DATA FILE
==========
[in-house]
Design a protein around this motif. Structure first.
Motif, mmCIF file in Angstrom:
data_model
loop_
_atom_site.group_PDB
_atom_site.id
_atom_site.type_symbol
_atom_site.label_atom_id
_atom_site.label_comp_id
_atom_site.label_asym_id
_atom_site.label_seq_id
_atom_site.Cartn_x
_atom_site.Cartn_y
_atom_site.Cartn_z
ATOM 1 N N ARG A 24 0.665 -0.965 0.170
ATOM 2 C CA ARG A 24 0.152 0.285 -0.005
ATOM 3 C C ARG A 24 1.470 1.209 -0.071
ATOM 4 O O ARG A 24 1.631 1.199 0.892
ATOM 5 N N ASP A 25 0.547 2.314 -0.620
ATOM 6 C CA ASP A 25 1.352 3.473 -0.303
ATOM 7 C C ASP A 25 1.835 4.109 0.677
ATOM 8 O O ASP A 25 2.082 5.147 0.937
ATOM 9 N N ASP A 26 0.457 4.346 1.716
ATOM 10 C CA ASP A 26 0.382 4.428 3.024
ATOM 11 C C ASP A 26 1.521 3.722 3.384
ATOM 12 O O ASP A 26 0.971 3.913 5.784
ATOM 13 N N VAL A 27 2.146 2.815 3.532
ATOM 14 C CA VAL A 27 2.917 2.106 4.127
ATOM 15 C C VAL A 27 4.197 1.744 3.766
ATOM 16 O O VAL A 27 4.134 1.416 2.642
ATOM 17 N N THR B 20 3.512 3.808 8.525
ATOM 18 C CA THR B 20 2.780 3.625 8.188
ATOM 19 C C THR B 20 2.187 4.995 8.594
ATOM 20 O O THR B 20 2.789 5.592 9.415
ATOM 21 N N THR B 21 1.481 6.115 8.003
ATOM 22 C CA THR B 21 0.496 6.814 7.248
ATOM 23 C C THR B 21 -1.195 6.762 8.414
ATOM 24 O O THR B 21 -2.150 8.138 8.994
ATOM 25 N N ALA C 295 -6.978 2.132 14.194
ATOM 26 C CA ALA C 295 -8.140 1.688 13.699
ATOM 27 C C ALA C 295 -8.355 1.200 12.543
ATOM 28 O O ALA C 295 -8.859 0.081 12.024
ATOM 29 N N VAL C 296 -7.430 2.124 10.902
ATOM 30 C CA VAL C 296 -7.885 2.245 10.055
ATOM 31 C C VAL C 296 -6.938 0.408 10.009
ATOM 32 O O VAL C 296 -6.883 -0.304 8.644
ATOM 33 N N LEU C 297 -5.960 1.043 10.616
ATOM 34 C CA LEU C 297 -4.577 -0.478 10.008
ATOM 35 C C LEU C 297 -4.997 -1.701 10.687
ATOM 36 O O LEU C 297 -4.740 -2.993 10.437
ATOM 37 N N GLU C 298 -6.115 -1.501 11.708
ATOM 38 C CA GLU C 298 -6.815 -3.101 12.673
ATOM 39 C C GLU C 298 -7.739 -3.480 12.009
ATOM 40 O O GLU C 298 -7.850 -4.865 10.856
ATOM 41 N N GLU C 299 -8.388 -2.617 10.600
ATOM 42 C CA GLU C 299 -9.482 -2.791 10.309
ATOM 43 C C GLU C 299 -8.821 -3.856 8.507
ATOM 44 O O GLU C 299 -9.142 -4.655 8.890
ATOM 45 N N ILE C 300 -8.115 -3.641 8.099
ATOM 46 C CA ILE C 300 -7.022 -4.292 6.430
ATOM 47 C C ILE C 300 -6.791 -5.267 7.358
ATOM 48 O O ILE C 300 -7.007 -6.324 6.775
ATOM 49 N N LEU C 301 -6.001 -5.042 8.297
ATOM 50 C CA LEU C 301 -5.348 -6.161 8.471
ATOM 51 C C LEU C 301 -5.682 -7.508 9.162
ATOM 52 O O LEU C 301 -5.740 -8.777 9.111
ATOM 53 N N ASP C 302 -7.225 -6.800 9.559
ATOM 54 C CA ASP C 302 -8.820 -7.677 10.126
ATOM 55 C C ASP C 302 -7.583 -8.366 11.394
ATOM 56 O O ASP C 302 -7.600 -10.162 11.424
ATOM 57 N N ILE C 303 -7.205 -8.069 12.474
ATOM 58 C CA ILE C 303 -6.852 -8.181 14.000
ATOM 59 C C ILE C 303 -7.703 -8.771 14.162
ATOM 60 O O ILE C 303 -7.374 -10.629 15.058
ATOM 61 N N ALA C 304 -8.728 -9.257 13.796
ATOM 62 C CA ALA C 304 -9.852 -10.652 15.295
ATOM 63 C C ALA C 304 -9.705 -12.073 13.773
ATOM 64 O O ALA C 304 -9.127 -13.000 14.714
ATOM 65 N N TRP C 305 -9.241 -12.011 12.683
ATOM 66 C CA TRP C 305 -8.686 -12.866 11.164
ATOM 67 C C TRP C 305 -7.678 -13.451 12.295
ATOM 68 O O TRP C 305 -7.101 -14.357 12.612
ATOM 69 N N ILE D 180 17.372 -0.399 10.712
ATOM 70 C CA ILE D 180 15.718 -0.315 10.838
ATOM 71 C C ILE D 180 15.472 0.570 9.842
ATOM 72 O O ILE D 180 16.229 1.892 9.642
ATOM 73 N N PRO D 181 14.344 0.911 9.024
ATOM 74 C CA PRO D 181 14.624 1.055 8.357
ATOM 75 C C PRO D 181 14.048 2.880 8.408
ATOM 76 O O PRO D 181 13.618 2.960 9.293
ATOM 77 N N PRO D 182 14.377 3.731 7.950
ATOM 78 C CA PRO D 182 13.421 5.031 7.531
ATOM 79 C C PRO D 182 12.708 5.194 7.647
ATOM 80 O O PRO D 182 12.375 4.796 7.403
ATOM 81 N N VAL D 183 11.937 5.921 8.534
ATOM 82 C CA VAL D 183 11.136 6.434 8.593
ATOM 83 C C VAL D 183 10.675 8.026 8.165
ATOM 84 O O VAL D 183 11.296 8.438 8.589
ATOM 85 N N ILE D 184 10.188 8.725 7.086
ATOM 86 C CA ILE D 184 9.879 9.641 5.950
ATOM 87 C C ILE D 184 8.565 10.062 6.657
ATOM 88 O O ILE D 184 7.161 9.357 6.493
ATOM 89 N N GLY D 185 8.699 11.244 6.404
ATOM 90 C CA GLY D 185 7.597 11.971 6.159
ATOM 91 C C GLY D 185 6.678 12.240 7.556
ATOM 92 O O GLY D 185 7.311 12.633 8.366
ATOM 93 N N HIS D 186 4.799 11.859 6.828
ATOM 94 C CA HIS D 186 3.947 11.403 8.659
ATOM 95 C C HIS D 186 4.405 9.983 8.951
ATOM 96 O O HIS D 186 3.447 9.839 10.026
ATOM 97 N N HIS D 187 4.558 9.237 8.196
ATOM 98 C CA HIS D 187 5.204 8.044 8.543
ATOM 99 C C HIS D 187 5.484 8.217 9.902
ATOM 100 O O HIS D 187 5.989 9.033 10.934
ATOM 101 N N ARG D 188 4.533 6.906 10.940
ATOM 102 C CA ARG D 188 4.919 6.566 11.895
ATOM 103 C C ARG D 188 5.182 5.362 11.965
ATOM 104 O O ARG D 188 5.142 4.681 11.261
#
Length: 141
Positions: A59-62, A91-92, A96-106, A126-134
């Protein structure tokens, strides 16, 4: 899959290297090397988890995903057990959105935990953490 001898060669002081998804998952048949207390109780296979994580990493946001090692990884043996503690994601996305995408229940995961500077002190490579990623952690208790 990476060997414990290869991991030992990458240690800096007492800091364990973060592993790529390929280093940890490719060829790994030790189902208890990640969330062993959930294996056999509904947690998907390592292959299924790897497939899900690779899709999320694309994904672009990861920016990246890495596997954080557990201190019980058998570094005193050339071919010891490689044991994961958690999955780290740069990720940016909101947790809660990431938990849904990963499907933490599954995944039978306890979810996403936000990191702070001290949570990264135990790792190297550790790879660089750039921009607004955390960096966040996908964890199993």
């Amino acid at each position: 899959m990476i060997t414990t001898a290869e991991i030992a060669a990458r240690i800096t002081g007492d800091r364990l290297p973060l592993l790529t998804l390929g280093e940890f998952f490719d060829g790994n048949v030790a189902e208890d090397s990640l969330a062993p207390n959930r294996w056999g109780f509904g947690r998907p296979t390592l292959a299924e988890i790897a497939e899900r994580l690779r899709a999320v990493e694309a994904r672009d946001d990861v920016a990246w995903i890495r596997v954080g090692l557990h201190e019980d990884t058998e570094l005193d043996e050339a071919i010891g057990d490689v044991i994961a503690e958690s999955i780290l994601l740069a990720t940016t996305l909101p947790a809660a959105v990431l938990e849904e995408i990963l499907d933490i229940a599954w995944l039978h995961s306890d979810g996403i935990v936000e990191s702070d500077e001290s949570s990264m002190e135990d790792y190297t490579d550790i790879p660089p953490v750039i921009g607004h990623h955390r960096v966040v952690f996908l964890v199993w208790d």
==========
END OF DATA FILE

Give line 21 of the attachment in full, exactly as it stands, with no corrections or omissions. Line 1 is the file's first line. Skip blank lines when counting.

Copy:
ATOM 6 C CA ASP A 25 1.352 3.473 -0.303